1. A natural passage for air to enter and exit the lungs.
2. A device to prevent or correct an obstructed respiratory passage, esp. one inserted into the trachea and used during anesthesia or cardiopulmonary resuscitation. An open airway is essential to oxygenation and ventilation. Methods for opening the airway are described in the following entries: cardiopulmonary resuscitation; chin-lift airway technique, head tilt; jaw thrust; and tracheostomy. The following subentries highlight commonly used airways in advanced cardiac life support.
SEE: jaw thrust
If a patient has a mechanism of injury involving potential trauma to the clavicles or above, the airway should be opened only with the jaw thrust maneuver.
A trademark for a dual-lumen airway consisting of a tracheal tube linked to an esophageal tube. It may be inserted blindly into the oropharynx as an airway control device when an endotracheal tube is not available or when tracheal intubation with direct visualization of the vocal cords is difficult or challenging.
1. Any portion of the respiratory tract, extending from the inner tip of the nose to the terminal bronchioles, that channels air in and out of the lungs but does not directly participate in the exchange of gases.
2. An artificial airway.
An airway that is challenging or impossible to intubate. Intubation is increasingly difficult in: older patients, patients with head or neck trauma, obese patients, and patients with craniofacial abnormalities.
esophageal gastric tube airway
ABBR: EGTA SEE: Esophageal obturator airway.
esophageal obturator airway
ABBR: EOA An airway device, formerly used in emergency medical service (EMS) systems, consisting of an esophageal tube with a 37-cm long tube attached to a mask. To be effective, the device requires an airtight mask seal on the patient’s face. A balloon at the distal end of the tube is inflated following blind insertion into the esophagus. The device reduces the likelihood of regurgitation and aspiration of stomach contents and indirectly ventilates the lungs.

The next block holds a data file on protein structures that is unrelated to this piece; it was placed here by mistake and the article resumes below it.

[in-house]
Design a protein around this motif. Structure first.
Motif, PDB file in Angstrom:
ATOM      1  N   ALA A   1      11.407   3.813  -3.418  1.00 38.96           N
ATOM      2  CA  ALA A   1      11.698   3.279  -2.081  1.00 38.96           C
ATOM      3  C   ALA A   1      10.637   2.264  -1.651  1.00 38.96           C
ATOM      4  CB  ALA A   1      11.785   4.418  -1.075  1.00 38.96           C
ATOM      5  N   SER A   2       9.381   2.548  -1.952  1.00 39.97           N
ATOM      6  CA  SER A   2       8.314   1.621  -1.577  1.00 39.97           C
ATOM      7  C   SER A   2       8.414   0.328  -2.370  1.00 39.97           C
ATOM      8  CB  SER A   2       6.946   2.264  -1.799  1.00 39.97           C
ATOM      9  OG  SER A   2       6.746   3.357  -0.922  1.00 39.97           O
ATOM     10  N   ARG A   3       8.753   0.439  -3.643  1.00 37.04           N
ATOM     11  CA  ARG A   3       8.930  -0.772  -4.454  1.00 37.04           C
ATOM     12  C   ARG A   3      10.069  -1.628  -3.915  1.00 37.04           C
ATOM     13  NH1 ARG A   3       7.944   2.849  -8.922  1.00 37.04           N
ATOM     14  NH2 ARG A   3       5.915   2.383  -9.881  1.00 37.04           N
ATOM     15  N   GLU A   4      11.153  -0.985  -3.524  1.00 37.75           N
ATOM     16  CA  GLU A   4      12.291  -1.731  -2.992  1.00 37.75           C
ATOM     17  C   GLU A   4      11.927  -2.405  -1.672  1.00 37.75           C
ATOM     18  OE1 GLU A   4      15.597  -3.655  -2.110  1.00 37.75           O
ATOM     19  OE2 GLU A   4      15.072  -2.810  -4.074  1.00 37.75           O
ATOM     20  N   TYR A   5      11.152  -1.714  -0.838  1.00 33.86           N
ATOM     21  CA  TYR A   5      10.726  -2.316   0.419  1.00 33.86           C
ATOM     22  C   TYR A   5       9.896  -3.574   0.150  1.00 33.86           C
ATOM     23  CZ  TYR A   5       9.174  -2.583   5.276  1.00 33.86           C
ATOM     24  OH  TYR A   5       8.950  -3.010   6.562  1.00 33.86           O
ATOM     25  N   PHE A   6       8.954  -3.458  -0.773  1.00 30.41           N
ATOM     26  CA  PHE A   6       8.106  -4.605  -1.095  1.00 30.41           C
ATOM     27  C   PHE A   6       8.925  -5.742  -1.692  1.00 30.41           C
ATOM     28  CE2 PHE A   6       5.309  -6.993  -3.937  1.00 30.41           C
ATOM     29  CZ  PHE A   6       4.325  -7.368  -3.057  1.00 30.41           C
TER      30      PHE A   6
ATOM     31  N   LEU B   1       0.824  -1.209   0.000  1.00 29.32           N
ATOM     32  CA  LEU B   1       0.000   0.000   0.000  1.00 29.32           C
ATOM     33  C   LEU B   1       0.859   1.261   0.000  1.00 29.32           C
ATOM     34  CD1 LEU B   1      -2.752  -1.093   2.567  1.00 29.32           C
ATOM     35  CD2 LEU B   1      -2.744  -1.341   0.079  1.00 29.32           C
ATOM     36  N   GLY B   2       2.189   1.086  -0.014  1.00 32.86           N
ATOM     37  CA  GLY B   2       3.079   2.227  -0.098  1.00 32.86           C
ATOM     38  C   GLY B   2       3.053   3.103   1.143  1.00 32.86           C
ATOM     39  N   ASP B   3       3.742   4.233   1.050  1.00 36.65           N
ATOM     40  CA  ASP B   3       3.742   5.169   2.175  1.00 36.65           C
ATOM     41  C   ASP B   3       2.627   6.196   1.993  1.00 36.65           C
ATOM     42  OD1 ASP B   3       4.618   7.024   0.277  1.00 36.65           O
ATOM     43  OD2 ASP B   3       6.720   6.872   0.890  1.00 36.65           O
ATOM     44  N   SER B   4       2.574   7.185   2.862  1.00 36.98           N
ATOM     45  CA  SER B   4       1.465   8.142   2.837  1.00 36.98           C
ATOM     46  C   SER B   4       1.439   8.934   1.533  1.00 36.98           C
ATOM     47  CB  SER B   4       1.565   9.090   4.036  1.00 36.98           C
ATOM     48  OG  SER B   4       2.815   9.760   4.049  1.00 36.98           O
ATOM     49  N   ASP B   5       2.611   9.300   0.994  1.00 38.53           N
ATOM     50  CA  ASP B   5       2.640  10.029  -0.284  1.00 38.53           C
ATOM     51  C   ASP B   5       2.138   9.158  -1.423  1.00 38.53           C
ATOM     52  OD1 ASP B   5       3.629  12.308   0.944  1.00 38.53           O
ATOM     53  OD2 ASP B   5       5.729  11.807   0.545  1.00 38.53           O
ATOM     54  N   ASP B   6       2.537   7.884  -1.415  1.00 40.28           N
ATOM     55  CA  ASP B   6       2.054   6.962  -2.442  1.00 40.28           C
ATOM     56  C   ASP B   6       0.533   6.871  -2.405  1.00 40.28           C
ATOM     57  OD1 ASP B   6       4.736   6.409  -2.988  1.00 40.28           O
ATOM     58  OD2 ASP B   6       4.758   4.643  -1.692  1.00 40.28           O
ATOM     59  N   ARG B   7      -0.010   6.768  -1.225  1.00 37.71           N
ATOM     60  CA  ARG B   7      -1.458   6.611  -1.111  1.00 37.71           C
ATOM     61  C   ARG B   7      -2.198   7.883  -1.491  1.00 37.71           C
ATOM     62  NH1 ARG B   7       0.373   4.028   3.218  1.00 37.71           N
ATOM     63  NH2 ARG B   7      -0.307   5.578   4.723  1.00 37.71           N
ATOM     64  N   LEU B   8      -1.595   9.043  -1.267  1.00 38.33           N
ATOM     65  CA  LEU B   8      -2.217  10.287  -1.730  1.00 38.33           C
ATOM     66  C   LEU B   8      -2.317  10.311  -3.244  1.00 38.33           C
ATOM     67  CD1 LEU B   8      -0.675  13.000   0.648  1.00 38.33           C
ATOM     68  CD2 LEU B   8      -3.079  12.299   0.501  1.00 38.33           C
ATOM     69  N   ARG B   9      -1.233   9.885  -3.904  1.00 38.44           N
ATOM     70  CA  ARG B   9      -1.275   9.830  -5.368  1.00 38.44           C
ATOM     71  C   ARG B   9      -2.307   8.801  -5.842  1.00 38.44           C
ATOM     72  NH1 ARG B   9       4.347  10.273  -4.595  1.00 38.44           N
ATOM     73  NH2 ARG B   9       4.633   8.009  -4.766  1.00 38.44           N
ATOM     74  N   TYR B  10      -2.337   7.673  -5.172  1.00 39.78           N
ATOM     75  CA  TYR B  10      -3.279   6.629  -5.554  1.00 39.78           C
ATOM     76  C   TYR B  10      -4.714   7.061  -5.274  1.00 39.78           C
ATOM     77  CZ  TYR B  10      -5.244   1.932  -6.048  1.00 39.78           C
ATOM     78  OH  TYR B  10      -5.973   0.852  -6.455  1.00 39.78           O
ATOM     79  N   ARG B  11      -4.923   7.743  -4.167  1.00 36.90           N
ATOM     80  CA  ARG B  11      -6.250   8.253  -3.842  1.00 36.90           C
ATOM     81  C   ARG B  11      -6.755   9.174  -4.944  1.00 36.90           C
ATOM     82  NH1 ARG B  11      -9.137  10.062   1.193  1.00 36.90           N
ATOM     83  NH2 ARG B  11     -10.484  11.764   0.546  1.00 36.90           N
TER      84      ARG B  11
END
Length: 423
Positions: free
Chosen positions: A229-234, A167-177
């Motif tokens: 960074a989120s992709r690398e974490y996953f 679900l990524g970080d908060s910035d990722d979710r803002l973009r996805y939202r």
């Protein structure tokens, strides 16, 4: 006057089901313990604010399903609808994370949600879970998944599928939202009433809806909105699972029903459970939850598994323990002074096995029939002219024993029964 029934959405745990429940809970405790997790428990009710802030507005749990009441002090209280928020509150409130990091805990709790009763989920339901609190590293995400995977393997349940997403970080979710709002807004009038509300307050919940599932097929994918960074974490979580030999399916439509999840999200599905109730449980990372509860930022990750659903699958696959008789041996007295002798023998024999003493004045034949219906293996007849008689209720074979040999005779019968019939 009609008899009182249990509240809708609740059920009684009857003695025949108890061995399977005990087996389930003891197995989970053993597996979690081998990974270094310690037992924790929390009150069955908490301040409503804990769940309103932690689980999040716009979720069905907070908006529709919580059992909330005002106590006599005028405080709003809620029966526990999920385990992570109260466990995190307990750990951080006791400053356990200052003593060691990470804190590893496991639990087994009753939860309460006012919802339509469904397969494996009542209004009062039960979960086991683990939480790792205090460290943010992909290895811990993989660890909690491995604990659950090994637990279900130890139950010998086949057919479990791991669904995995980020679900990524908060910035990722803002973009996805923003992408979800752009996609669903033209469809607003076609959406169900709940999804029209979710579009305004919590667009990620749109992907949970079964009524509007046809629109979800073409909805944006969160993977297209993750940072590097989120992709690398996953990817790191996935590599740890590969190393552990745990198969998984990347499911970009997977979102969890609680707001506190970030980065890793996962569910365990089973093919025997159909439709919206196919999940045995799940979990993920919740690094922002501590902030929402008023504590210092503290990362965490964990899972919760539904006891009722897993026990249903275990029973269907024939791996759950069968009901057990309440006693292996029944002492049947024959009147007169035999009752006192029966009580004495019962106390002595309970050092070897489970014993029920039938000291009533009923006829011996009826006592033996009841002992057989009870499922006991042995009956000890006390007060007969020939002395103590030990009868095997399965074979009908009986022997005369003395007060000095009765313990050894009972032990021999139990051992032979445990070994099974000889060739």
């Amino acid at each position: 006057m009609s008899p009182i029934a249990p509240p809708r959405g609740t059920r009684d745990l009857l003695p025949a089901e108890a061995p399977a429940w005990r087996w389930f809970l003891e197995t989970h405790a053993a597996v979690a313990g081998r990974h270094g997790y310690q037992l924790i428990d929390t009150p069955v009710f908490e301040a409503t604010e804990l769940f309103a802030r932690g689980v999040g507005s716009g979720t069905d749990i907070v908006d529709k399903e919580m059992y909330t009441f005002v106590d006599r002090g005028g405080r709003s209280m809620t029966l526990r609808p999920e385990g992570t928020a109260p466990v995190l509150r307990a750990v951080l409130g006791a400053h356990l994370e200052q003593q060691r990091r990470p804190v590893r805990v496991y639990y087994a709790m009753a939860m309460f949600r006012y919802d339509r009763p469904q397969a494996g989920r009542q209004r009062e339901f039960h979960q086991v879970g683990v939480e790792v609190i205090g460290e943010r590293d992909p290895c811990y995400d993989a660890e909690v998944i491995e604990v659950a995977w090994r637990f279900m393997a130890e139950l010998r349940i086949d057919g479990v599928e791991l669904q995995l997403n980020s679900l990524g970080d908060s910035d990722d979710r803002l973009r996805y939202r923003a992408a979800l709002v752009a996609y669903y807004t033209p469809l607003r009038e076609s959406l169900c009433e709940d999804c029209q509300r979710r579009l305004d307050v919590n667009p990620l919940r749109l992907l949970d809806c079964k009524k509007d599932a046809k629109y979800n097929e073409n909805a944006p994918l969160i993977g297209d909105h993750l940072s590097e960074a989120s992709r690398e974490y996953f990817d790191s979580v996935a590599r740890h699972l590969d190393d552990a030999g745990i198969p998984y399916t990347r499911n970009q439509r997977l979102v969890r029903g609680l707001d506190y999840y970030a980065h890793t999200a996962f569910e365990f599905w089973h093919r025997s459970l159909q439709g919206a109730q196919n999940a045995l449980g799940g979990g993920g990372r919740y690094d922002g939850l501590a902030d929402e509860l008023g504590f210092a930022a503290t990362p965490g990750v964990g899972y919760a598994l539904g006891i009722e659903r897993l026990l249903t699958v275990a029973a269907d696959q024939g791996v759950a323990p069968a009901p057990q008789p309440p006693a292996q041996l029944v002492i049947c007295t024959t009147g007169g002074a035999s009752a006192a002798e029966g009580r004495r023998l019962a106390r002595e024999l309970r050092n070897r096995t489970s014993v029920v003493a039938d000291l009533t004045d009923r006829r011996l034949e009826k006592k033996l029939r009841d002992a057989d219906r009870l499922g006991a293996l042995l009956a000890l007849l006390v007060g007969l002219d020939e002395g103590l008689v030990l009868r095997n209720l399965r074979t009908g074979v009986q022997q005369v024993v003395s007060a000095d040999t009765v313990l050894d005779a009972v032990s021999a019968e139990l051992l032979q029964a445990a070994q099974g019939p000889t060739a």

Most emergency service agencies have replaced this device by more-advanced airway devices.
SYN: SEE: esophageal gastric tube airway
laryngeal mask airway
ABBR: LMA An airway that can be blindly inserted into the hypopharynx when advanced airway control is needed during procedures that require brief anesthesia. It consists of a flexible airway tube with a proximal cuff, which holds the middle of the tube in place at the base of the tongue, and a distal cuff to fix the end of the tube in the trachea.
It should not be used in patients at high risk of aspiration.
SYN: SEE: laryngeal tracheal airway
laryngeal tracheal airway
ABBR: LTA SEE: Laryngeal mask airway.
ABBR: NPA A soft, flexible, uncuffed tube placed through the nasal passages so that the distal tip rests in the nasopharynx. It is used to maintain the free passage of air to and from the lungs in patients with facial trauma or lockjaw or in nearly comatose patients who are breathing spontaneously. Before the tube is inserted, the proper length is determined by comparing it to the distance from the tip of the patient's nose to the earlobe. The diameter should match that of the patient's pinkie. Nasopharyngeal airways are often used by respiratory therapists to reduce the trauma from repetitive nasotracheal suctioning.
SYN: SEE: nasal trumpet
NASOPHARYNGEAL AIRWAY A nasopharyngeal airway in proper position
Bleeding from the nasopharynx may occur during emergency placement of this airway.
ABBR: OPA A curved plastic device used to establish an airway in a patient by displacing the tongue from the posterior wall of the oropharynx. The device should be equal in length to the distance from either the corner of the mouth to the earlobe or the center of the mouth to the angle of the jaw. It has a flange on the end that remains outside the mouth to keep it from being swallowed or aspirated. This device is used only in unconscious patients who do not have a gag reflex.SEE: cardiopulmonary resuscitation;
OROPHARYNGEAL AIRWAY An oropharyngeal airway in place
The cervical spine of an unconscious patient should be stabilized before the airway is inserted to reduce the likelihood of spinal cord injury and paralysis.
A device used as an alternative to tracheal intubation in the ventilation of the critically ill patient. It contains both an esophageal and a tracheal lumen and may be inserted without visualization of the vocal cords.
SYN: SEE: supraglottic airway